If you do not like “time out,” for whatever reason, you are right. You have other approaches you can choose, so you will be comfortable in your role as a parent. If “time out” feels OK for you, fits your personal temperament and your cultural context–that might be a good thing for you.
Parents who do not like “time out” explore the possibility of “time in”: They stop their child from whatever he/she was doing, tell them what’s wrong, and stay with him/her for the time of cooling down. For them, it is importent to stay connected with the child as the information (of what went wrong and what is expected) is being worked on.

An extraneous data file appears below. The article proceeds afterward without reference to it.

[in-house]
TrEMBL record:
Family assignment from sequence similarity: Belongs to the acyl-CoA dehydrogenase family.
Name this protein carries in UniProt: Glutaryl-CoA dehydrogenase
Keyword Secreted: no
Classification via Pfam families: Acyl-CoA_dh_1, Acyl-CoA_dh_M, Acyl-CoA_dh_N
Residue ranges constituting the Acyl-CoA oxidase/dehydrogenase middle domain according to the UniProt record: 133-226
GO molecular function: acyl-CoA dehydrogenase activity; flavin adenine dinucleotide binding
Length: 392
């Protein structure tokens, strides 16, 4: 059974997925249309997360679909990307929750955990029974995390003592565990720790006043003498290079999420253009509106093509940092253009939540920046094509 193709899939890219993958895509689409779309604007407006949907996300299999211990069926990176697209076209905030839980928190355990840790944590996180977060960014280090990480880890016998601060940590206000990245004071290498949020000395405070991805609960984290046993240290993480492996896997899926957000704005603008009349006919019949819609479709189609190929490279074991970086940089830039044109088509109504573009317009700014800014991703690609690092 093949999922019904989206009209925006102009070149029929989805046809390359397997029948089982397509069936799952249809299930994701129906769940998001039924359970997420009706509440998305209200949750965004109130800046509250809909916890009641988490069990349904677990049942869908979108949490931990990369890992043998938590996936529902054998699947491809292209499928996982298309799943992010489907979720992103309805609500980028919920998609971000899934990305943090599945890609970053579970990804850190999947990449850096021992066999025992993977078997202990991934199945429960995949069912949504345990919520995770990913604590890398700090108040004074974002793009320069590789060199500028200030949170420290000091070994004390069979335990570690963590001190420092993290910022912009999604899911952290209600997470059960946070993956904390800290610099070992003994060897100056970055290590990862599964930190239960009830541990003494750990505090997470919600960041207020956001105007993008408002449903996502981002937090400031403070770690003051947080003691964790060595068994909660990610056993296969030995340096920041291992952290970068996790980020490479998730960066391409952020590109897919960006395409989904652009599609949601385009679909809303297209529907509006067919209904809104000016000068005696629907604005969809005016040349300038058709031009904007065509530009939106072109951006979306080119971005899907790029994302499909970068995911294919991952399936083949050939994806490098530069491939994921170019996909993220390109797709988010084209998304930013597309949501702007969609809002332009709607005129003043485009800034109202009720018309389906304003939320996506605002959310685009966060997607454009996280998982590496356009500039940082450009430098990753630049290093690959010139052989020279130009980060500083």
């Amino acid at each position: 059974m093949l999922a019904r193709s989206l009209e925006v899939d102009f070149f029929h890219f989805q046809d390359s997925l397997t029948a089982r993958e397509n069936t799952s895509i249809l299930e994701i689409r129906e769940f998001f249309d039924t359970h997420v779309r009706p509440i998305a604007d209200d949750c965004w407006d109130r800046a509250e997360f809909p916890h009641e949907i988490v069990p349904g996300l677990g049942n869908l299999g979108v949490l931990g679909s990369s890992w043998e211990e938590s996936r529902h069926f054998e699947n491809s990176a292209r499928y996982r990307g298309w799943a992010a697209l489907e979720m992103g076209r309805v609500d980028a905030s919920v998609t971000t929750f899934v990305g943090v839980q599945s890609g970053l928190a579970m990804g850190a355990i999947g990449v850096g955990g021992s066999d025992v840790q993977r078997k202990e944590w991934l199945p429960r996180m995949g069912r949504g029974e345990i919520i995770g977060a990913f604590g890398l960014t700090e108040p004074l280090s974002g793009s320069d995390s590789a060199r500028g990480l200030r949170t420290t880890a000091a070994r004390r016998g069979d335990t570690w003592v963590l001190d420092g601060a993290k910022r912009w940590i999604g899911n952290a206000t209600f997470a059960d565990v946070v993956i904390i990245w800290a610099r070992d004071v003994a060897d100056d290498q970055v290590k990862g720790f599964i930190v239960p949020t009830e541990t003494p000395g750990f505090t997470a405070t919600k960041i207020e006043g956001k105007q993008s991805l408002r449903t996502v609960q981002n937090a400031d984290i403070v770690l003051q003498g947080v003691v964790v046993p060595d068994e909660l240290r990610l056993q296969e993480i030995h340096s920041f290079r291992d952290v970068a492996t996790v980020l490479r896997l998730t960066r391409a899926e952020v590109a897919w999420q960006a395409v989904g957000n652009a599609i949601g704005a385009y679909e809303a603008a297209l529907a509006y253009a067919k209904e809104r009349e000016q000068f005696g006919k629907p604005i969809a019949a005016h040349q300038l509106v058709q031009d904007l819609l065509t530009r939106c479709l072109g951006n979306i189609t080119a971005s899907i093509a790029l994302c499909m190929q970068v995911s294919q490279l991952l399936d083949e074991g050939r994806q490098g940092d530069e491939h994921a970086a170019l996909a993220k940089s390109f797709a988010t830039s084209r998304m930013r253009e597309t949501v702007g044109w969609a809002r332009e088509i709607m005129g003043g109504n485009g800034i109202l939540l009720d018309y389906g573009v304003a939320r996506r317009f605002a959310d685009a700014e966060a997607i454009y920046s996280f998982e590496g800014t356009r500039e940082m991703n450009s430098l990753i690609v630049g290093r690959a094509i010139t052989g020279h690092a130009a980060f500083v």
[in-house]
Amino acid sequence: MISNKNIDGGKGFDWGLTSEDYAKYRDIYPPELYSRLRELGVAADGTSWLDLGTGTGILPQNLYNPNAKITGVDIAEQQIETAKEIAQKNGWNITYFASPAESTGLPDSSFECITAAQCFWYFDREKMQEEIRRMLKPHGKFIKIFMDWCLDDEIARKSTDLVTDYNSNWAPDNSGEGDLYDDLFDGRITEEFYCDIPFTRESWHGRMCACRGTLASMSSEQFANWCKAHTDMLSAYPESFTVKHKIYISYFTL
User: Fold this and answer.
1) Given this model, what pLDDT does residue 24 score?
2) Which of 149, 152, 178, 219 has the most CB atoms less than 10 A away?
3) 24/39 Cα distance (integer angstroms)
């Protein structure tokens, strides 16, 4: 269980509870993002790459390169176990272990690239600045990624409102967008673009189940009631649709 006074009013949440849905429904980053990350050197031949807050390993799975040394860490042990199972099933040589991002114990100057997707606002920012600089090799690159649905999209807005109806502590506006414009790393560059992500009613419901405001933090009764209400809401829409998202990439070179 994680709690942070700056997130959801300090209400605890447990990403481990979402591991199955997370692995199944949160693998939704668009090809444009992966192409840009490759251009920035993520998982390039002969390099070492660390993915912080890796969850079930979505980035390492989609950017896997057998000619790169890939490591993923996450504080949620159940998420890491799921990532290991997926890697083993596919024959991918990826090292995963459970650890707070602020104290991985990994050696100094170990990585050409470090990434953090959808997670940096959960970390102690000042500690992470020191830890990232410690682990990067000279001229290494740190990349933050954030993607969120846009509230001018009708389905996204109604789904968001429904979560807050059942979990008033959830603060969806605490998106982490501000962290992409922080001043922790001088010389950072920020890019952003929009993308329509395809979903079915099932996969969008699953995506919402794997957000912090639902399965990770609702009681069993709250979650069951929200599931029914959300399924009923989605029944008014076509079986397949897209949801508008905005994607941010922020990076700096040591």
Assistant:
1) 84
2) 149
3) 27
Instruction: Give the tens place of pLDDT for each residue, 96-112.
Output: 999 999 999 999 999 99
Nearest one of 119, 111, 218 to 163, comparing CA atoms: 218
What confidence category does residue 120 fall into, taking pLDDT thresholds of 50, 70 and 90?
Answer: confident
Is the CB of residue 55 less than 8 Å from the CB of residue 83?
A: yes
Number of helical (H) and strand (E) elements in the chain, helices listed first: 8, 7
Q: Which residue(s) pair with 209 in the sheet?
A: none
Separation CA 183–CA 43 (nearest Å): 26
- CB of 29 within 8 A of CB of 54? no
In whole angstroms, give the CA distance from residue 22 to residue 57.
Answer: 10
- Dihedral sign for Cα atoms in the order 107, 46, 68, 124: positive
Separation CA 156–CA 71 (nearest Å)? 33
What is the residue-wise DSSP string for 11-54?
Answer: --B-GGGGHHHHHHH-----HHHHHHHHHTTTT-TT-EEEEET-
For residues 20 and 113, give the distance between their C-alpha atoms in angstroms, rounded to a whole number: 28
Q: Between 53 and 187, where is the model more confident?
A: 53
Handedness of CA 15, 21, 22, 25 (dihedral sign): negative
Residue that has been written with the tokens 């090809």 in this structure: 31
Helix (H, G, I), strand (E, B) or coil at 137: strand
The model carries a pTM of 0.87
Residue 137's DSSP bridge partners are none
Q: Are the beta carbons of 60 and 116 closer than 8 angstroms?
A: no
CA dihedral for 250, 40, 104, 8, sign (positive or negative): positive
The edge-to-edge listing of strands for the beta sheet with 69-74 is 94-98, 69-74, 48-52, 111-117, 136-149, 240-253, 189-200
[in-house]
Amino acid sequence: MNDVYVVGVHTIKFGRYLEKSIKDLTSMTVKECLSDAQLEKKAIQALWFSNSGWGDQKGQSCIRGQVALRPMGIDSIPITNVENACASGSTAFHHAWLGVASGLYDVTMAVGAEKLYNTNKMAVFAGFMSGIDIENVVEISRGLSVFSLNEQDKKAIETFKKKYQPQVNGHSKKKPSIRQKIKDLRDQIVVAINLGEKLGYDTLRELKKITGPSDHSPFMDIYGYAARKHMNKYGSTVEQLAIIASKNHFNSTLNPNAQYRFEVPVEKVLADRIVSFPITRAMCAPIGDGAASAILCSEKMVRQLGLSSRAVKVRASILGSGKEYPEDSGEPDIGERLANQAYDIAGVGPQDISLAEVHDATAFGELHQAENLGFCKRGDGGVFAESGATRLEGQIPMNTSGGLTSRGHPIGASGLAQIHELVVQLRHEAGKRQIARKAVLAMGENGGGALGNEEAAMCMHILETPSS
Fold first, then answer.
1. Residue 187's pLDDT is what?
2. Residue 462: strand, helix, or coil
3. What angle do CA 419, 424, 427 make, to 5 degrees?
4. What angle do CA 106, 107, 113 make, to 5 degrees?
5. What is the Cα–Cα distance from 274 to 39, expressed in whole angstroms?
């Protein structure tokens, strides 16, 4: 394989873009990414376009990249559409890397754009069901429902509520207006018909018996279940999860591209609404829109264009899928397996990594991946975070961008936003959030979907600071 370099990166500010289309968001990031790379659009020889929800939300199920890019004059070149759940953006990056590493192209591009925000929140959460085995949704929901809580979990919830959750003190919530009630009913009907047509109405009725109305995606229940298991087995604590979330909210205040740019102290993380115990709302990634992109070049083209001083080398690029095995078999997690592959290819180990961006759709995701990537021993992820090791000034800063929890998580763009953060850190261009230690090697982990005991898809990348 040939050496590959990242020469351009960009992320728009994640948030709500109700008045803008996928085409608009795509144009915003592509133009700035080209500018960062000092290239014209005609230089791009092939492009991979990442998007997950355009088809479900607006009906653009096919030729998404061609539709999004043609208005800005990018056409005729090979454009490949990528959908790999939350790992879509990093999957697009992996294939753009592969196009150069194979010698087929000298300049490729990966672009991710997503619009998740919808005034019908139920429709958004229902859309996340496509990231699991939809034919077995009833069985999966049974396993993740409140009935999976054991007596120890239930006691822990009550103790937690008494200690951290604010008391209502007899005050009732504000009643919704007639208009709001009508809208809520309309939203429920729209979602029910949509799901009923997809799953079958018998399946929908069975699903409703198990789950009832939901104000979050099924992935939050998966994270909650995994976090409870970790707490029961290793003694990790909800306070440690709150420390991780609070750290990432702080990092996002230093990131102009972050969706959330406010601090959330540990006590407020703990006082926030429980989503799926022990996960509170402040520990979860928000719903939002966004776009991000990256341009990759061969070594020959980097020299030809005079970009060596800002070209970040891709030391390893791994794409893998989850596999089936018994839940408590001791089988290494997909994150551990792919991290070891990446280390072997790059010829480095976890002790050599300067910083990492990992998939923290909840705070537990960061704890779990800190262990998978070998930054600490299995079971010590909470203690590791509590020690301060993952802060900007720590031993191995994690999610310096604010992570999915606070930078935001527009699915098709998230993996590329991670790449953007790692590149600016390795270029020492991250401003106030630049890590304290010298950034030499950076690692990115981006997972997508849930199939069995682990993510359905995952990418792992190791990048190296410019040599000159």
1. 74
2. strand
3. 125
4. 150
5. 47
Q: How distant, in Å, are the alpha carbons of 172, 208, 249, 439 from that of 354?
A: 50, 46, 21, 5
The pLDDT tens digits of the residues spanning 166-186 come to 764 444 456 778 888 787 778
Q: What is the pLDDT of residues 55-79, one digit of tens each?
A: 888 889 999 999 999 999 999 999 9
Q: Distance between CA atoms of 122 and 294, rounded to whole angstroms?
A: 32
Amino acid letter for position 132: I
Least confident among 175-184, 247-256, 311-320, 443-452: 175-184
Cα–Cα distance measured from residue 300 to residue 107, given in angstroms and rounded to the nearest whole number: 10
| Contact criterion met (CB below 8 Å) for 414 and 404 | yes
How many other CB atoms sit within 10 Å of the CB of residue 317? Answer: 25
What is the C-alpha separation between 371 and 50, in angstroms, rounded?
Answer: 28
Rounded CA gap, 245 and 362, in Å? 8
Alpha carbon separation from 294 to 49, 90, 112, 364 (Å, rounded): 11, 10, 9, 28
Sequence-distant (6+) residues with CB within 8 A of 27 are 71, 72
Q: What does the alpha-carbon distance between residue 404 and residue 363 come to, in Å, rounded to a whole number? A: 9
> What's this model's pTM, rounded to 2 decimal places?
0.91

Many discipline issues in very young children can be avoided by changing the environment: Often there are too many toys around, or inappropriate expectations for the child to “clean up” (does he/she really know what that means? Remember, in his/her eyes, toys on the floor ARE in the right place…) Parents may express expectations that the child will sit patiently and wait; this needs to be tempered to the child’s developmental age. Considering just these few things can help a lot with elliminating unnecessary “meltdowns.”
Every choice that we make in child rearing has long-term consequences, but we cannot foresee them all. We can do our best, knowing it might not be seen the same way in 20 or 30 years; we can be forgiving to ourselves and others; and go through life with hope and faith.